So what's all the fuss about today, then? Ah, yes, the election of the new Labour
leader. We should know the result around 1640 this afternoon – but, this morning, most commentators are indulging in the idea that Ed has won it. The younger Miliband and his team said to be
optimistic, his elder brother less so. At the very least, a remarkable turnaround has taken place. Just before the contest began, MiliD was some way ahead of his sibling
in the bookies' calculations. Now, Ladbrokes have
suspended betting on MiliE.
What happens today, though, is in some respects less important than what happens tomorrow. Today will be the day for triumph and commiseration, for tubthumping speeches about taking Labour back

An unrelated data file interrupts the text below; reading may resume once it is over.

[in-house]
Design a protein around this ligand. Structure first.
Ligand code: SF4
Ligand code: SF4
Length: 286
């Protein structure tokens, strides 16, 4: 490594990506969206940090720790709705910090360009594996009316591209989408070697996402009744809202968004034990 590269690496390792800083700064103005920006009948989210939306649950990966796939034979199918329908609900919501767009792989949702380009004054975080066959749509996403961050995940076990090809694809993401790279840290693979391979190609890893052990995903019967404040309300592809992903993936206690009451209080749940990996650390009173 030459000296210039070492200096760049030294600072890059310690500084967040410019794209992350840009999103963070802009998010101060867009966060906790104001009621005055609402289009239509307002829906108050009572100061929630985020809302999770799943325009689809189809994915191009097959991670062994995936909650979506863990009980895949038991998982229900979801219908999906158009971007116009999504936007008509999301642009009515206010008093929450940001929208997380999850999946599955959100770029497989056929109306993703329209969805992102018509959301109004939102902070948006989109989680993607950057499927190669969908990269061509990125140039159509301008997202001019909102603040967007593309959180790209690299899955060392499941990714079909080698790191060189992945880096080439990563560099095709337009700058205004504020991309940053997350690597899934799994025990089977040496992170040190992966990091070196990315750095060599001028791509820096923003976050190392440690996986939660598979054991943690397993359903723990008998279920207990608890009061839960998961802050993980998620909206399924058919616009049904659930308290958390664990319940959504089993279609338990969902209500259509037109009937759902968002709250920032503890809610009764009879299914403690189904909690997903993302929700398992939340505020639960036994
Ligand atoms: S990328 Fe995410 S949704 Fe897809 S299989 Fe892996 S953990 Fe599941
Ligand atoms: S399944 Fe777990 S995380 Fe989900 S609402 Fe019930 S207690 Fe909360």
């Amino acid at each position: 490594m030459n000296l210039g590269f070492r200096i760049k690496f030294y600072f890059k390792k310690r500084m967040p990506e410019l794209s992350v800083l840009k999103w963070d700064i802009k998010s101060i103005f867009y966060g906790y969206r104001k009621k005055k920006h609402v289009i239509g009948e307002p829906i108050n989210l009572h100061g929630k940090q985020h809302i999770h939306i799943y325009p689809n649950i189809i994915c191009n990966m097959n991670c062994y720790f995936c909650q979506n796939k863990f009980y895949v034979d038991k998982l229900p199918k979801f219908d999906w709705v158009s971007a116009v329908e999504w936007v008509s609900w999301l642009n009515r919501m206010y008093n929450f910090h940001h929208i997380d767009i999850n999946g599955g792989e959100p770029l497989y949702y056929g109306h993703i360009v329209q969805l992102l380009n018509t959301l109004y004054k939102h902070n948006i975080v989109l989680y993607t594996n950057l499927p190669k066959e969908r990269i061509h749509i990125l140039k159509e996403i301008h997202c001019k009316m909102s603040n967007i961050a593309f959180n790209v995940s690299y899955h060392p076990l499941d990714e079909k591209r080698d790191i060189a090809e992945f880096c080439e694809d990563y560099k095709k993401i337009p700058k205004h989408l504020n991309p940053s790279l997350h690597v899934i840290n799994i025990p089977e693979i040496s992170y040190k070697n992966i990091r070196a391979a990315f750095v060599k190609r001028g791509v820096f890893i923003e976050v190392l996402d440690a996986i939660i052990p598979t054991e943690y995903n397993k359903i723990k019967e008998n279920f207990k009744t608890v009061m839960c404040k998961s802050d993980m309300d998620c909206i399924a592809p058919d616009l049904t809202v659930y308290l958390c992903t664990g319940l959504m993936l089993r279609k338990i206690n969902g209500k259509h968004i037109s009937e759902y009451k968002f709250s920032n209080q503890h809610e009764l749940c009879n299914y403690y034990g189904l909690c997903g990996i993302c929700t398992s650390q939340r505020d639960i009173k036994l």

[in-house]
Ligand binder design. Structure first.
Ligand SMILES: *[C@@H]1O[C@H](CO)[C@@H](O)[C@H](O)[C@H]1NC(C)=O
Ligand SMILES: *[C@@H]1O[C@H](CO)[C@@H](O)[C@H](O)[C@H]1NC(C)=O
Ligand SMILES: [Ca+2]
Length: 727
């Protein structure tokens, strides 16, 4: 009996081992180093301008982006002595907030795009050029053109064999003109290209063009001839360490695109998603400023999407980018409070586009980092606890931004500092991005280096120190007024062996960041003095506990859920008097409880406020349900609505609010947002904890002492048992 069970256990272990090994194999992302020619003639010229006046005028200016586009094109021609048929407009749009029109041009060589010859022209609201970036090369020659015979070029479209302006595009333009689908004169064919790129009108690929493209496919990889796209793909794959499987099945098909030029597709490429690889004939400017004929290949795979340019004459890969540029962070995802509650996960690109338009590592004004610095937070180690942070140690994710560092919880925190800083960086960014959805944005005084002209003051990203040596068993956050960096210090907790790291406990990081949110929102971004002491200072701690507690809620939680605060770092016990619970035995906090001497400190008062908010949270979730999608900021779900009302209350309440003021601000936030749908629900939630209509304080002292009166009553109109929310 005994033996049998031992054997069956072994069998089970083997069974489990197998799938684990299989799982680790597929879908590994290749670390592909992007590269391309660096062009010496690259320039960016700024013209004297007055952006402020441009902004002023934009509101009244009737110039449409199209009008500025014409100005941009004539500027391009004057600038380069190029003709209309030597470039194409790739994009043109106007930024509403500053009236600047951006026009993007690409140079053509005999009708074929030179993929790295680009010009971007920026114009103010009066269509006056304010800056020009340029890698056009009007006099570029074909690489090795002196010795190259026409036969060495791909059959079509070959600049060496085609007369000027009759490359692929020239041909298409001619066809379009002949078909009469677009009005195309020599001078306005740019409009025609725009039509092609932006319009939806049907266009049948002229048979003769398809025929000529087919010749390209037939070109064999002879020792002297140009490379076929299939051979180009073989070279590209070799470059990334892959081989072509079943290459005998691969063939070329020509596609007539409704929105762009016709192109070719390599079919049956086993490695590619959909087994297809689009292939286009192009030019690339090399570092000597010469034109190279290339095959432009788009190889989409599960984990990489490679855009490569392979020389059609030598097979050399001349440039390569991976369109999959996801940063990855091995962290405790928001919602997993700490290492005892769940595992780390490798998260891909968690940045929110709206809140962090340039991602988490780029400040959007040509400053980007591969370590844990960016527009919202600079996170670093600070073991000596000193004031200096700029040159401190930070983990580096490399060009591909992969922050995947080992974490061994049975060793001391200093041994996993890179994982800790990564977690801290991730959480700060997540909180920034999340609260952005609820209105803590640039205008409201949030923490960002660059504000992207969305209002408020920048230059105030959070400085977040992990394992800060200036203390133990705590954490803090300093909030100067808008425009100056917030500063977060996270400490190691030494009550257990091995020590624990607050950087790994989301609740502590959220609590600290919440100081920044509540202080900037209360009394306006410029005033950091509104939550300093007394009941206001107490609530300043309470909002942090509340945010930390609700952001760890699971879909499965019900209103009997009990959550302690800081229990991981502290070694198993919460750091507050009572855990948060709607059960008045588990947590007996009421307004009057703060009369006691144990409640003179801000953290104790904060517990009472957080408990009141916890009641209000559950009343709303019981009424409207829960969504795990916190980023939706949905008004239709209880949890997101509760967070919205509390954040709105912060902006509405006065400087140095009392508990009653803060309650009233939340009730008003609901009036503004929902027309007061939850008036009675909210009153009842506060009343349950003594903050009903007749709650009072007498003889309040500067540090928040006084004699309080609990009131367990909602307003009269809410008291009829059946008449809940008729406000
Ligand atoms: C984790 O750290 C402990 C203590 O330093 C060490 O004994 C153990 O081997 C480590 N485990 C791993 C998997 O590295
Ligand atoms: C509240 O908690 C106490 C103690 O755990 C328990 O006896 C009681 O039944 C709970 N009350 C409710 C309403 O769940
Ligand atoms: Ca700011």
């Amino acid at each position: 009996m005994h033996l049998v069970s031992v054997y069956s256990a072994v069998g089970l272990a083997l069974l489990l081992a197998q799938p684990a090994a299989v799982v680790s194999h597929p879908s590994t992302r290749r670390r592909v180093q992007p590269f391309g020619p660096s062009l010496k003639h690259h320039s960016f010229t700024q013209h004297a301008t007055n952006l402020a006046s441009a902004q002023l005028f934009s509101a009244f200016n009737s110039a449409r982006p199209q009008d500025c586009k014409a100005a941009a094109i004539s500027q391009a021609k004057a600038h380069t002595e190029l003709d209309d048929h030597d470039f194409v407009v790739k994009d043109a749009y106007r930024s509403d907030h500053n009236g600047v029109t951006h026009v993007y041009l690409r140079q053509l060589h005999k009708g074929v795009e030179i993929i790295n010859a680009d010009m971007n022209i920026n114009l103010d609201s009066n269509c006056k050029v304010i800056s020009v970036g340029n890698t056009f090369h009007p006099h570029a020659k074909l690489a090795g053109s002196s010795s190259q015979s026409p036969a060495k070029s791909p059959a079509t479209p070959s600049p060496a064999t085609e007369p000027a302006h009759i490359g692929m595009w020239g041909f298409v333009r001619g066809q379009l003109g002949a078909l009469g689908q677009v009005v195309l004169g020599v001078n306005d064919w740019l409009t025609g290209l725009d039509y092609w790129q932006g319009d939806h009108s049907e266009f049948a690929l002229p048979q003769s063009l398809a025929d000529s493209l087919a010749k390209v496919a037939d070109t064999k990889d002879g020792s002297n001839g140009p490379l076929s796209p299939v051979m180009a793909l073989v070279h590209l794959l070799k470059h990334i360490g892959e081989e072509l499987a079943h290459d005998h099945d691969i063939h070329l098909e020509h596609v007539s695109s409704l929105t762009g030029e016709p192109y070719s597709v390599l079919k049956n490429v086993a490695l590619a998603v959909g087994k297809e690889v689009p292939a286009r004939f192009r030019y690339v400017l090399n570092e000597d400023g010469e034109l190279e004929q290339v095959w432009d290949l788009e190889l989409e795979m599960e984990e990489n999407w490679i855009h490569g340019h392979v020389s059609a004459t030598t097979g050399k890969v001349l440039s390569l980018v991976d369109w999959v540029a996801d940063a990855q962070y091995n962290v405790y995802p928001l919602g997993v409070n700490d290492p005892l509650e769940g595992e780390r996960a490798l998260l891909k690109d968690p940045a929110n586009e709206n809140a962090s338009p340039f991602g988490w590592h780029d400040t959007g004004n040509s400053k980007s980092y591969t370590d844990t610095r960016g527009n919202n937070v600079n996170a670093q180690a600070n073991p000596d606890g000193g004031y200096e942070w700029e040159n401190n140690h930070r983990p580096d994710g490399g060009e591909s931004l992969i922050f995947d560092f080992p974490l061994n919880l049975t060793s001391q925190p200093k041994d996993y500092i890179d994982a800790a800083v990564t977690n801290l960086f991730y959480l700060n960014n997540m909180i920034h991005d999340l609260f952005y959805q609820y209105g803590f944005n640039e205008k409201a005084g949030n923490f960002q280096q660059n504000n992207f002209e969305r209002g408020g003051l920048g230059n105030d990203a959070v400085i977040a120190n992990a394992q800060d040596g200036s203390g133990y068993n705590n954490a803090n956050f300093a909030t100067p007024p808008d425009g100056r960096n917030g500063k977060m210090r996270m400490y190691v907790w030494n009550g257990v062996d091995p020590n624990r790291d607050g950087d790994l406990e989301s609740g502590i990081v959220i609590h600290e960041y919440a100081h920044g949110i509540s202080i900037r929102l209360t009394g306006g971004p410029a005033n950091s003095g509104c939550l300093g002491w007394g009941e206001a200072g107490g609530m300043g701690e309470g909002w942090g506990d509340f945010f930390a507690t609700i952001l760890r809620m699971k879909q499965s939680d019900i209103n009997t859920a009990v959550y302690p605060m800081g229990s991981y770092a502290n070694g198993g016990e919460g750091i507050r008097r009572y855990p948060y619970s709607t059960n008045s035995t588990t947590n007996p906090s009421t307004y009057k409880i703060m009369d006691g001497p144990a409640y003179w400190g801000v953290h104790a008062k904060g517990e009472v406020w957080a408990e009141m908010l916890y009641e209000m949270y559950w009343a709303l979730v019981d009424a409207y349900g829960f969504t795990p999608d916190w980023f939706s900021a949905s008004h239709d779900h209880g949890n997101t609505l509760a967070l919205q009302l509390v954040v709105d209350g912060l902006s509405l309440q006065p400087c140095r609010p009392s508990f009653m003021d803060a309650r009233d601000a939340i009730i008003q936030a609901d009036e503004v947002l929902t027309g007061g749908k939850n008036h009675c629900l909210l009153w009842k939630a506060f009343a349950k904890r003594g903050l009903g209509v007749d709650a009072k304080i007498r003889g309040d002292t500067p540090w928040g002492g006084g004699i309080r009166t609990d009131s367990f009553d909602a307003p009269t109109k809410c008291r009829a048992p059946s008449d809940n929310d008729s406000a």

into government. Tomorrow will be the day for a more microscopic look at what the new Labour leader believes, and where he wants to take his party. The winning Miliband will be interviewed on Marr
tomorrow morning, and that should give us a clearer sense of his stance on the deficit. Will he refuse to back down from the Alistair Darling plan? Will he veer towards the Ed Balls plan? Or will
he delay his decision – as Balls coveniently suggests – until the shadow chancellor has been selected? The answers to those questions will shape the political battleground of the next
David Cameron already has gaze directed towards the real fight. "We have this biggest deficit in Britain’s peacetime history and [Labour] seem to have no answer,” he says in
interview with the Telegraph
hope will be that he can still say that after the Spending Review.